While a statement on their website claims that only name-brand parts are used, they ironically disprove it with some of their PCs. They say that “You will never receive ‘Apex RAM’ or a power supply from a brand you have never heard of,” yet they literally sell Apex-branded power supplies (see the 750W 80-Plus Gold unit in the screenshot below).
In addition to this, brand isn’t specified for many components. They may just list a “B550 motherboard,” and you won’t know what specific version or quality it is until you receive your build.
While this is par for the course for PC manufacturers, we were hoping to see this issue addressed by Apex Gaming PCs, due to their especially outspoken stance on generic parts.
Still, for the most important components aside from power supplies name-brand parts are in fact used. Additionally, users almost always have the choice of a CoolerMaster, EVGA, or other reputable brand of PSU.
Most of the 1000-odd reviews on Apex’s site are accompanied by user-submitted images of their builds, and cable management appears to be very solid across the board.
This is where Apex Gaming PCs really starts to fall apart. Their builds are obviously targeted towards “premium” buyers, as evidenced by the fact that even their lowest-end Apex Bronze is outfitted with RGB-lit RAM, and many of their rigs come with liquid coolers as the default.
Even considering this, Apex PCs are horribly overpriced at virtually every price range. For example, the Apex Bronze, equipped with only the R5 5600G’s integrated graphics, 8GB of RAM, an 120GB SSD, and A520 board starts at $879. There are literally RTX 3060 PCs with better specs across the board available for less than this. For reference, our 1080p 60FPS budget gaming PC with better hardware costs less than $500 including the monitor.
Component upgrade costs are similarly terrible. Upgrading your RAM from a gray heatsink to an identical RGB-lit one costs $120, and adding an extra 16GB of identical memory costs $139. In actuality these upgrades might cost Apex $20 and $40, respectively. Likewise, upgrading from a 256GB SSD to a 512GB model costs $55, when some 1TB NVMe SSDs cost less than this.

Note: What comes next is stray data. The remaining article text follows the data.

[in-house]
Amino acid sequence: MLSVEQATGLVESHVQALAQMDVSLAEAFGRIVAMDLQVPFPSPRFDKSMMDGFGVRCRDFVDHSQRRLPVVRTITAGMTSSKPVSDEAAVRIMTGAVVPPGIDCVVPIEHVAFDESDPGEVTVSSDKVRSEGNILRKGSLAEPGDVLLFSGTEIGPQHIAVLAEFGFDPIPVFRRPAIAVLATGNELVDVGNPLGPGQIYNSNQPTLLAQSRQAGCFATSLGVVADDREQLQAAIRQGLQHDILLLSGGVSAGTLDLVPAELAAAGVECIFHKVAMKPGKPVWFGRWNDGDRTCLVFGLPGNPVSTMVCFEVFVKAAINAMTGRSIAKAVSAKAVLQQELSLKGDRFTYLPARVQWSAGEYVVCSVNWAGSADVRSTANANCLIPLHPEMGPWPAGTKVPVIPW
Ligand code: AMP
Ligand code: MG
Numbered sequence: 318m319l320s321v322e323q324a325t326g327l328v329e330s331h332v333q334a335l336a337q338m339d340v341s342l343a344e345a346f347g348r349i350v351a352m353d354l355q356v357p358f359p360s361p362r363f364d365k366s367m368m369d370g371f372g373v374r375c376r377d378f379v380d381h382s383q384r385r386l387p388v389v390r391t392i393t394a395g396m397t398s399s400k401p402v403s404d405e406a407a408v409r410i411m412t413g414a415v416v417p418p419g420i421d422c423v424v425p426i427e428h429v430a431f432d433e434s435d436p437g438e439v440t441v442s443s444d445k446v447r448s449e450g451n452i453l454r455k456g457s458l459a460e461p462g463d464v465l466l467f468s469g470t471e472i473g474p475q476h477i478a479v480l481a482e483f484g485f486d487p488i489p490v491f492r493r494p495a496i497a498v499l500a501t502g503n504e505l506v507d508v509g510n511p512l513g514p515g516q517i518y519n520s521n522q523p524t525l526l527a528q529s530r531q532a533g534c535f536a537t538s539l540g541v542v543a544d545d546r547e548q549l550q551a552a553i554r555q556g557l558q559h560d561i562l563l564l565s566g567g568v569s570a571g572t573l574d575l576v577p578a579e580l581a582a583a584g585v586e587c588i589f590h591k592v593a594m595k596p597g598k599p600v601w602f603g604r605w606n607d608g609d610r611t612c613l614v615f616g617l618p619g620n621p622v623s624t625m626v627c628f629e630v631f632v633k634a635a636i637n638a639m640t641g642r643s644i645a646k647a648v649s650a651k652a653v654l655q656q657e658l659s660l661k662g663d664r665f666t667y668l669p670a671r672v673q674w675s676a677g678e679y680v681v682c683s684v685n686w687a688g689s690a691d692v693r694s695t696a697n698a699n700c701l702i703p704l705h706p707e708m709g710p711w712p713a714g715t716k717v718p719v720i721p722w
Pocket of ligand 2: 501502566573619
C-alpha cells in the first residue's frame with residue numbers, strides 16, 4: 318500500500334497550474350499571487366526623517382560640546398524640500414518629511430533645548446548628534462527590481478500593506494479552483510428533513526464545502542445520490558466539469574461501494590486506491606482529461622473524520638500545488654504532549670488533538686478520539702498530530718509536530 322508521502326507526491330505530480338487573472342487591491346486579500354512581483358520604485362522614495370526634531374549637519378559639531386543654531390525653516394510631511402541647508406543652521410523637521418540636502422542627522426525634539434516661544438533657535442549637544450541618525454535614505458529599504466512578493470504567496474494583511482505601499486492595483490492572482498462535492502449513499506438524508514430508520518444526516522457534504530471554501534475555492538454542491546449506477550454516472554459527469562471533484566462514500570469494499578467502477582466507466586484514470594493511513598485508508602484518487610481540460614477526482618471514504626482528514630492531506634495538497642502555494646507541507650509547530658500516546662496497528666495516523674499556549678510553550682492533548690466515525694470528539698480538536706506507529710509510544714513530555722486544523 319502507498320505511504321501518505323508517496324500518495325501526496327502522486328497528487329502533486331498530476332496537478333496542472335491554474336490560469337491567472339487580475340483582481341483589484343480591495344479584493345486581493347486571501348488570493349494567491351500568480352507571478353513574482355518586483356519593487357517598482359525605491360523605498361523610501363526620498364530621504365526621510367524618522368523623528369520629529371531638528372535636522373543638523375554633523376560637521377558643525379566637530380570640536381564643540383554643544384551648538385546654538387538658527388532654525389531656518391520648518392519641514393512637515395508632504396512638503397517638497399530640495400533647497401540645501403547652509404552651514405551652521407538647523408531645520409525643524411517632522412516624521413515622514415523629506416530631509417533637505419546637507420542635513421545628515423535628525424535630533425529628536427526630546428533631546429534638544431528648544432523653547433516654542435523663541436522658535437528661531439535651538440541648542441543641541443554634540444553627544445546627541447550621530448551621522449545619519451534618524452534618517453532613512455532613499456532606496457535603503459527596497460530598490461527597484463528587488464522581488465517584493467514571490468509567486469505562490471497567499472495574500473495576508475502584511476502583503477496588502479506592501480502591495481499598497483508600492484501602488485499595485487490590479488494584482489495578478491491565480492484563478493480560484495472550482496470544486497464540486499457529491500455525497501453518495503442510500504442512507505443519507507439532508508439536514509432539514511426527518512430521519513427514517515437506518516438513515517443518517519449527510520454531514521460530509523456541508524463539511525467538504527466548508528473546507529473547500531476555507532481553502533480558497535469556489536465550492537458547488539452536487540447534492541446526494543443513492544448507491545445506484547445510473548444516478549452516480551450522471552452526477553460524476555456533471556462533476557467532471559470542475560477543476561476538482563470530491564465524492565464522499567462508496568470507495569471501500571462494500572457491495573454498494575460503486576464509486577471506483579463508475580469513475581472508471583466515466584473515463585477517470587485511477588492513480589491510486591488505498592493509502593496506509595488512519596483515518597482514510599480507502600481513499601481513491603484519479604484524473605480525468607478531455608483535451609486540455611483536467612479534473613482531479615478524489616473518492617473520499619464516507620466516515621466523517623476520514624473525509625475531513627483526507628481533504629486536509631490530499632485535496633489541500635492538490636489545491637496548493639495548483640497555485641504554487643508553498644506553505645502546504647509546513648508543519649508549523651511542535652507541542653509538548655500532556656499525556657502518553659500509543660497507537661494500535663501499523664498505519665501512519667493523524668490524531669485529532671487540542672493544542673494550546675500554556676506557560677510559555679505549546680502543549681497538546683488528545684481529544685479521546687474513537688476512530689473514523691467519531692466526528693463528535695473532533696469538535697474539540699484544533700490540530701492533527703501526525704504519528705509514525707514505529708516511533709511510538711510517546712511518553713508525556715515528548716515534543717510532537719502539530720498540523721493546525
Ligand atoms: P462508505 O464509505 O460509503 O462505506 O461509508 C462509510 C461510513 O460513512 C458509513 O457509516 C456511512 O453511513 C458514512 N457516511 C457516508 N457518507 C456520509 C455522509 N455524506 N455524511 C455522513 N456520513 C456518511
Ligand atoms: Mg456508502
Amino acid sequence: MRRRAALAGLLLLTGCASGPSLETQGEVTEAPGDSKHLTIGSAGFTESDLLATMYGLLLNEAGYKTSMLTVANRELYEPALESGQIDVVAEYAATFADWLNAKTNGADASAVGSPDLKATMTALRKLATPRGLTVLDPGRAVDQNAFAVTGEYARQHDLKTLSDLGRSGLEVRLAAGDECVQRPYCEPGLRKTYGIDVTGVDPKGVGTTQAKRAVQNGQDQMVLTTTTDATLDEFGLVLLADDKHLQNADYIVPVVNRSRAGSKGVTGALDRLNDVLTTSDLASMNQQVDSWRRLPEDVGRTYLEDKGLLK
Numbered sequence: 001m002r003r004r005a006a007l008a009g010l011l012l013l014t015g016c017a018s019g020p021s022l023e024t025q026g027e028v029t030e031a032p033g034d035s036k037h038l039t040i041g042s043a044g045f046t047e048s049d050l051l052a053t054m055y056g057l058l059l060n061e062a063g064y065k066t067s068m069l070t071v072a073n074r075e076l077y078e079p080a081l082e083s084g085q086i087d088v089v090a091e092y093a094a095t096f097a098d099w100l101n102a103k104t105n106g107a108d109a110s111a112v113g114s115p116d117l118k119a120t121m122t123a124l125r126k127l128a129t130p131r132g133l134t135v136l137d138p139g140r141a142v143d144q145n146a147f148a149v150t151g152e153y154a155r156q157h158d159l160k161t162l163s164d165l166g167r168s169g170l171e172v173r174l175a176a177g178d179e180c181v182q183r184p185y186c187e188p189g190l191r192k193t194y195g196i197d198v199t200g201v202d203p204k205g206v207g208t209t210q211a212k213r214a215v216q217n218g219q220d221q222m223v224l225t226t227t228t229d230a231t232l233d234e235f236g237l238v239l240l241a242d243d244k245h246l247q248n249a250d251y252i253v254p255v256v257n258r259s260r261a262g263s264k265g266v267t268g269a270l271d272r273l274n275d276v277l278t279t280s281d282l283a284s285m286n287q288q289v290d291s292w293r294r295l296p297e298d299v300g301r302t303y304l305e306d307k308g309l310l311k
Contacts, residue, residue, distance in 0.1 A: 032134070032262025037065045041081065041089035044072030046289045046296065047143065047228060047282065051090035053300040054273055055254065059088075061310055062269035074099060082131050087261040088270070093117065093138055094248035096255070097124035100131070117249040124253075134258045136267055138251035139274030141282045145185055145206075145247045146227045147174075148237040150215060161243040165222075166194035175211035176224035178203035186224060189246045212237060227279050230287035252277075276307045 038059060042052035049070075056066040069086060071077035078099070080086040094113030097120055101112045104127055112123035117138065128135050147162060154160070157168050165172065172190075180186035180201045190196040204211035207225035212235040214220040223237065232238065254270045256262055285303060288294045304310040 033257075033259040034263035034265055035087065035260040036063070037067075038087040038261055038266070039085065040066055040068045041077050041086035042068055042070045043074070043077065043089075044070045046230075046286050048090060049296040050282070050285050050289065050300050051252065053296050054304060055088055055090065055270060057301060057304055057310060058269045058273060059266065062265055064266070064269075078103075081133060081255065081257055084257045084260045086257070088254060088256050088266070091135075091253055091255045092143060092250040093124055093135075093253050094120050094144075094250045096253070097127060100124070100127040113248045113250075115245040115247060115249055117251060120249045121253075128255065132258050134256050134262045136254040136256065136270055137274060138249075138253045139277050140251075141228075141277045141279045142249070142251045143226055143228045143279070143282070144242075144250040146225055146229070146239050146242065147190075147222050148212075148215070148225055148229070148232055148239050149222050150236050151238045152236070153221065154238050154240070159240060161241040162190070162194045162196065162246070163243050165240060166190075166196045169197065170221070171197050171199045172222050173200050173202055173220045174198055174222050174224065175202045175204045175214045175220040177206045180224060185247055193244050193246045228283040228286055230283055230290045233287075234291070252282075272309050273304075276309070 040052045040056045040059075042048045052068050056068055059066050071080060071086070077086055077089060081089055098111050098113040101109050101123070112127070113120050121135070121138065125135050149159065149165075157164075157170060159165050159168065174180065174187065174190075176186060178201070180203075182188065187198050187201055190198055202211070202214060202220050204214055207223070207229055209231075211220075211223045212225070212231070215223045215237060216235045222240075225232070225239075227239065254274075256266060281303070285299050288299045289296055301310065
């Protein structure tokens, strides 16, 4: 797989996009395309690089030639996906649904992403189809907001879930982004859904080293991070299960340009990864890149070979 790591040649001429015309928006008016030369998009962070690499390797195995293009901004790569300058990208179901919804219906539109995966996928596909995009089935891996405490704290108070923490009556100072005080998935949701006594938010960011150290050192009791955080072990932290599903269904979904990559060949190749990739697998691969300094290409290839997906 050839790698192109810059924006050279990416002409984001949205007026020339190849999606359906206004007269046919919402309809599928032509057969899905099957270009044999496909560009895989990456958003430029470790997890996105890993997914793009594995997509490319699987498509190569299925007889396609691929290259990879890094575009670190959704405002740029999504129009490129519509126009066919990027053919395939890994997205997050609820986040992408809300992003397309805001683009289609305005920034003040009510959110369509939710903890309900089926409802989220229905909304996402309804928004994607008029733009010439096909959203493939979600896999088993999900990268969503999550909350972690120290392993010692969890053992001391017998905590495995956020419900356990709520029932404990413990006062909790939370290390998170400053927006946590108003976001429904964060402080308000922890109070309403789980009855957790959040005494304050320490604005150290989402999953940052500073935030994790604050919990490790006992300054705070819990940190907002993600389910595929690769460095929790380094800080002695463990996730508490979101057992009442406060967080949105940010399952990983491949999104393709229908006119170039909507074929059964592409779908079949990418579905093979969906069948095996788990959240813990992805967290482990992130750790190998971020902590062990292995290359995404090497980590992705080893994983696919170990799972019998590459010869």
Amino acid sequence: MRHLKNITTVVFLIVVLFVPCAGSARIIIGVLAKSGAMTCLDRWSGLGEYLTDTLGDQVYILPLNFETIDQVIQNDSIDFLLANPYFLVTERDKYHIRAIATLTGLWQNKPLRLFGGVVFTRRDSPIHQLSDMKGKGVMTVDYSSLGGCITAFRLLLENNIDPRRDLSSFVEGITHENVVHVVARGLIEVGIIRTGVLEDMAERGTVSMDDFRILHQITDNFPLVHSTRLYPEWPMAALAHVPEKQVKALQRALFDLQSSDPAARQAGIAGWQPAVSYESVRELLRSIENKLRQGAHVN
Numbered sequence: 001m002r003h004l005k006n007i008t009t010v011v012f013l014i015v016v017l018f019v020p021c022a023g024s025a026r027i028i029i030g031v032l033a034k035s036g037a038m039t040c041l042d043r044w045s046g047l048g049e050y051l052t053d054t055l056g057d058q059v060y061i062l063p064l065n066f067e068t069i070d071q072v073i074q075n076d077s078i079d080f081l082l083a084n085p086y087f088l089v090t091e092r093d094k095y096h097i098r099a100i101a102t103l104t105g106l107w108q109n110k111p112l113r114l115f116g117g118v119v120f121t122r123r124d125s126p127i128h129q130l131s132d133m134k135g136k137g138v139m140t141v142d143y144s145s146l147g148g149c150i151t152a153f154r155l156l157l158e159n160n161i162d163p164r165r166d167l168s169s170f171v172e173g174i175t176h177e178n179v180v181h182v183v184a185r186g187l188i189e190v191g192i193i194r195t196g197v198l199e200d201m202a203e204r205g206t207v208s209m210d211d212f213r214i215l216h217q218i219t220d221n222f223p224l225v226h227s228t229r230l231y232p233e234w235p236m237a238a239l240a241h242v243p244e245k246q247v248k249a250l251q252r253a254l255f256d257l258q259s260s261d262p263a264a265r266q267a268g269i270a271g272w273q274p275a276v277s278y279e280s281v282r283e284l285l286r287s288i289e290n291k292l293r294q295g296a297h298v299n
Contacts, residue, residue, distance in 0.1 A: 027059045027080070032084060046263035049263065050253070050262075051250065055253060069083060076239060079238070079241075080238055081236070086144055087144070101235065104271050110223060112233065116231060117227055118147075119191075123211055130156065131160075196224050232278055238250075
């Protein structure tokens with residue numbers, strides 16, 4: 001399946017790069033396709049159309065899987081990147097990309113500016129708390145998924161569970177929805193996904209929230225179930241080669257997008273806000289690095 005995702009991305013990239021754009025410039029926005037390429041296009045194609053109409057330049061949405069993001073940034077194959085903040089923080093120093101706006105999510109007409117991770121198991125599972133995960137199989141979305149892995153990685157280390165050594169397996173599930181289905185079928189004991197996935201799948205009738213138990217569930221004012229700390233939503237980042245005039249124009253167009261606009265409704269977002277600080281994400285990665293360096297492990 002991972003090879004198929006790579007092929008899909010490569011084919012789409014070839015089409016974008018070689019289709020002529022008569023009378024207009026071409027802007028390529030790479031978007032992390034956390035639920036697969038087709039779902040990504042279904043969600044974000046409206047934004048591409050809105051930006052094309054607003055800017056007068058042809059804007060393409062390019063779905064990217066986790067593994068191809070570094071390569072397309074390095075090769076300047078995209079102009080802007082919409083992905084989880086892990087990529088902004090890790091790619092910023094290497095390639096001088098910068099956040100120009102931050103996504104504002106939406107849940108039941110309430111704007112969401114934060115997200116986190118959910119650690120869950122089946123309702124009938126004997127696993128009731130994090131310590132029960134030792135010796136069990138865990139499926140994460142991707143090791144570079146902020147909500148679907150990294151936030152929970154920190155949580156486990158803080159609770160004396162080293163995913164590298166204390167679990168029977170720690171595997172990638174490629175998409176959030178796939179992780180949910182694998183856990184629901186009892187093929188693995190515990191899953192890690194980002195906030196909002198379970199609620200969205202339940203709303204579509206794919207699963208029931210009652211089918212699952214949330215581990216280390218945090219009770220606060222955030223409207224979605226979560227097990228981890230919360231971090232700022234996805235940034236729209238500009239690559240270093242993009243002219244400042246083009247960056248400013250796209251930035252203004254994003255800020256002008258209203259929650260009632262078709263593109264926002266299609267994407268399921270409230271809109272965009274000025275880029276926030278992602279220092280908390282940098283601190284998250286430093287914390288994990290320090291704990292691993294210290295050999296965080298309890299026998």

Our favorite upcharge was the Razer DeathAdder V2 which, instead of its market price of around $45, costs a whopping $169. It’s hard to imagine anyone would be lazy enough to fall for these kind of upsells, but they try nonetheless.
Some Apex Gaming PCs are listed on Amazon with marginally better prices, but they still can’t compete with most other PC retailers.
Even their 50% off refurbished PCs are somehow more expensive than most comparable new models. As detailed previously, they also have outdated hardware, further diminishing value. Thus, we’d recommend staying away from even these.
Warranty / Refund Policy
Apex Gaming PCs come with a lifetime labor warranty excluding damage by the user, but if a warranty request is made 30 days or more after the delivery date, customers will have to pay for shipping costs.
PCs come with a 1-year hardware warranty by default, although this can be extended to 2 or 3 years for $119 or $179, respectively. This warranty covers defective parts, but not damage due to overclocking or other situations in which the user is at fault.
Buyers can return their Apex computer with 14 days of receiving it, but must pay a 25% restocking fee. Their cancellation policy is much the same; cancelling later than 72 hours after order placement will result in a 25% cancellation fee.
Final Thoughts on Apex Gaming PCs
Even considering the premium quality of their builds relative to many competing brands, Apex’s exorbitant costs are simply impossible to justify. You’re far better off building a computer yourself or buying a prebuilt PC from a competitively priced brand like HP or Lenovo.
Apex’s lengthy shipping times on their customizable builds make this brand even less desirable, thus we unfortunately cannot recommend their products.
Alternatives: Other Brand Reviews
Finally, feel free to check out our reviews of other gaming PC brands to compare alternatives.